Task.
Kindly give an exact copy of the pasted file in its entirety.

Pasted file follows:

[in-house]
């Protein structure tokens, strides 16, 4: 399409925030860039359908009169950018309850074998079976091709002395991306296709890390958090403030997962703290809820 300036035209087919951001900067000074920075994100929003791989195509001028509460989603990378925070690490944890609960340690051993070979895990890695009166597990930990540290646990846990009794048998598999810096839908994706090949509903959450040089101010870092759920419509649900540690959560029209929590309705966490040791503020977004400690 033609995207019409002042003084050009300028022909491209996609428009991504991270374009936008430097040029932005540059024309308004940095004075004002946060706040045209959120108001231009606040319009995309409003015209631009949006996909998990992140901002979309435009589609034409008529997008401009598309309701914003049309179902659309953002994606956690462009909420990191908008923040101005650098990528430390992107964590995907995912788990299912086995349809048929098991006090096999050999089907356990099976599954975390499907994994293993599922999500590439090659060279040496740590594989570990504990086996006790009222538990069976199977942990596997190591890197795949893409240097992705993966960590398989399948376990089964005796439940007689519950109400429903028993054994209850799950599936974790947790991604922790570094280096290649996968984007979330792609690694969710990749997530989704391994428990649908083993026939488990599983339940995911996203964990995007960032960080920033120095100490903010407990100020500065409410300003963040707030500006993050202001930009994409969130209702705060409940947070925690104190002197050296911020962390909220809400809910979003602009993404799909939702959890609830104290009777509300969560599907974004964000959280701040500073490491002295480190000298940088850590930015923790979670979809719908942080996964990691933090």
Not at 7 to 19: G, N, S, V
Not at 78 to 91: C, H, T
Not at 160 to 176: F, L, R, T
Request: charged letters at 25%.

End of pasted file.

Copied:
[in-house]
């Protein structure tokens, strides 16, 4: 399409925030860039359908009169950018309850074998079976091709002395991306296709890390958090403030997962703290809820 300036035209087919951001900067000074920075994100929003791989195509001028509460989603990378925070690490944890609960340690051993070979895990890695009166597990930990540290646990846990009794048998598999810096839908994706090949509903959450040089101010870092759920419509649900540690959560029209929590309705966490040791503020977004400690 033609995207019409002042003084050009300028022909491209996609428009991504991270374009936008430097040029932005540059024309308004940095004075004002946060706040045209959120108001231009606040319009995309409003015209631009949006996909998990992140901002979309435009589609034409008529997008401009598309309701914003049309179902659309953002994606956690462009909420990191908008923040101005650098990528430390992107964590995907995912788990299912086995349809048929098991006090096999050999089907356990099976599954975390499907994994293993599922999500590439090659060279040496740590594989570990504990086996006790009222538990069976199977942990596997190591890197795949893409240097992705993966960590398989399948376990089964005796439940007689519950109400429903028993054994209850799950599936974790947790991604922790570094280096290649996968984007979330792609690694969710990749997530989704391994428990649908083993026939488990599983339940995911996203964990995007960032960080920033120095100490903010407990100020500065409410300003963040707030500006993050202001930009994409969130209702705060409940947070925690104190002197050296911020962390909220809400809910979003602009993404799909939702959890609830104290009777509300969560599907974004964000959280701040500073490491002295480190000298940088850590930015923790979670979809719908942080996964990691933090």
Not at 7 to 19: G, N, S, V
Not at 78 to 91: C, H, T
Not at 160 to 176: F, L, R, T
Request: charged letters at 25%.